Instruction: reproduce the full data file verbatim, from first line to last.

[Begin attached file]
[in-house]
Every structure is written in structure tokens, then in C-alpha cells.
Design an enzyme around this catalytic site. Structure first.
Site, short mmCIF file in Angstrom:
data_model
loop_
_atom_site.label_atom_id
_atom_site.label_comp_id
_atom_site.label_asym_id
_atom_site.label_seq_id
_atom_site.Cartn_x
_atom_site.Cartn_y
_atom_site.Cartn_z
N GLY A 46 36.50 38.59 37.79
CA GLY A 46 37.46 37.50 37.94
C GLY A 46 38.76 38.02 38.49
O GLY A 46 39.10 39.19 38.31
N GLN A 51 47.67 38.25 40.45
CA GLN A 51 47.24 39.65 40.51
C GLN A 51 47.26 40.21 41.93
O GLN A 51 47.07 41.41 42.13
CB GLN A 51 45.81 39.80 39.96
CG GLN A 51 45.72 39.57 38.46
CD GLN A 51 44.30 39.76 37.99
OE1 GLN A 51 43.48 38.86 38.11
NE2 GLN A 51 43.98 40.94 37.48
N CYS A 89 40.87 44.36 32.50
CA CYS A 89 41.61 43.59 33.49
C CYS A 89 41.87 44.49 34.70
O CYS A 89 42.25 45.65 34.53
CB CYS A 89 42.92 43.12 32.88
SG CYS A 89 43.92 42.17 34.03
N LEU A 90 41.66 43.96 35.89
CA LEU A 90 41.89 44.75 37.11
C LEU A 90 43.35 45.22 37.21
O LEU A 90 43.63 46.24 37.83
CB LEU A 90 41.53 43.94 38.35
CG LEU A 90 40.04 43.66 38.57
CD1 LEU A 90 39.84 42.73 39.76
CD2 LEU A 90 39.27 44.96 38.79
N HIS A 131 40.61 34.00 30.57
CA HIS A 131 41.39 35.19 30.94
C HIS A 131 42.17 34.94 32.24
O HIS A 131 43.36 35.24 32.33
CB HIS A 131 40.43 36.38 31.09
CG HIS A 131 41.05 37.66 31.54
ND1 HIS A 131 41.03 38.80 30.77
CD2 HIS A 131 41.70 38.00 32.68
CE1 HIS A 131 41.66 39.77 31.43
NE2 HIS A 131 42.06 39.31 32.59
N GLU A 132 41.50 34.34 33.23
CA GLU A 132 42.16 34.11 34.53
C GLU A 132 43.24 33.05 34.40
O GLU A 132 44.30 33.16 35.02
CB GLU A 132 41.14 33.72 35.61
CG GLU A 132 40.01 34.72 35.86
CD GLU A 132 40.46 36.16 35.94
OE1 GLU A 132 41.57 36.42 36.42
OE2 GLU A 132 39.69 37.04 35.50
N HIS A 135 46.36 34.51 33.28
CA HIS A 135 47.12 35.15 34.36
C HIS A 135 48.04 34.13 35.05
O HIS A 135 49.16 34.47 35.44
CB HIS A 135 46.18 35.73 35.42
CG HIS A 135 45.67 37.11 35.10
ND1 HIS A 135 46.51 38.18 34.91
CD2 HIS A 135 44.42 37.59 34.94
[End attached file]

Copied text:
[in-house]
Every structure is written in structure tokens, then in C-alpha cells.
Design an enzyme around this catalytic site. Structure first.
Site, short mmCIF file in Angstrom:
data_model
loop_
_atom_site.label_atom_id
_atom_site.label_comp_id
_atom_site.label_asym_id
_atom_site.label_seq_id
_atom_site.Cartn_x
_atom_site.Cartn_y
_atom_site.Cartn_z
N GLY A 46 36.50 38.59 37.79
CA GLY A 46 37.46 37.50 37.94
C GLY A 46 38.76 38.02 38.49
O GLY A 46 39.10 39.19 38.31
N GLN A 51 47.67 38.25 40.45
CA GLN A 51 47.24 39.65 40.51
C GLN A 51 47.26 40.21 41.93
O GLN A 51 47.07 41.41 42.13
CB GLN A 51 45.81 39.80 39.96
CG GLN A 51 45.72 39.57 38.46
CD GLN A 51 44.30 39.76 37.99
OE1 GLN A 51 43.48 38.86 38.11
NE2 GLN A 51 43.98 40.94 37.48
N CYS A 89 40.87 44.36 32.50
CA CYS A 89 41.61 43.59 33.49
C CYS A 89 41.87 44.49 34.70
O CYS A 89 42.25 45.65 34.53
CB CYS A 89 42.92 43.12 32.88
SG CYS A 89 43.92 42.17 34.03
N LEU A 90 41.66 43.96 35.89
CA LEU A 90 41.89 44.75 37.11
C LEU A 90 43.35 45.22 37.21
O LEU A 90 43.63 46.24 37.83
CB LEU A 90 41.53 43.94 38.35
CG LEU A 90 40.04 43.66 38.57
CD1 LEU A 90 39.84 42.73 39.76
CD2 LEU A 90 39.27 44.96 38.79
N HIS A 131 40.61 34.00 30.57
CA HIS A 131 41.39 35.19 30.94
C HIS A 131 42.17 34.94 32.24
O HIS A 131 43.36 35.24 32.33
CB HIS A 131 40.43 36.38 31.09
CG HIS A 131 41.05 37.66 31.54
ND1 HIS A 131 41.03 38.80 30.77
CD2 HIS A 131 41.70 38.00 32.68
CE1 HIS A 131 41.66 39.77 31.43
NE2 HIS A 131 42.06 39.31 32.59
N GLU A 132 41.50 34.34 33.23
CA GLU A 132 42.16 34.11 34.53
C GLU A 132 43.24 33.05 34.40
O GLU A 132 44.30 33.16 35.02
CB GLU A 132 41.14 33.72 35.61
CG GLU A 132 40.01 34.72 35.86
CD GLU A 132 40.46 36.16 35.94
OE1 GLU A 132 41.57 36.42 36.42
OE2 GLU A 132 39.69 37.04 35.50
N HIS A 135 46.36 34.51 33.28
CA HIS A 135 47.12 35.15 34.36
C HIS A 135 48.04 34.13 35.05
O HIS A 135 49.16 34.47 35.44
CB HIS A 135 46.18 35.73 35.42
CG HIS A 135 45.67 37.11 35.10
ND1 HIS A 135 46.51 38.18 34.91
CD2 HIS A 135 44.42 37.59 34.94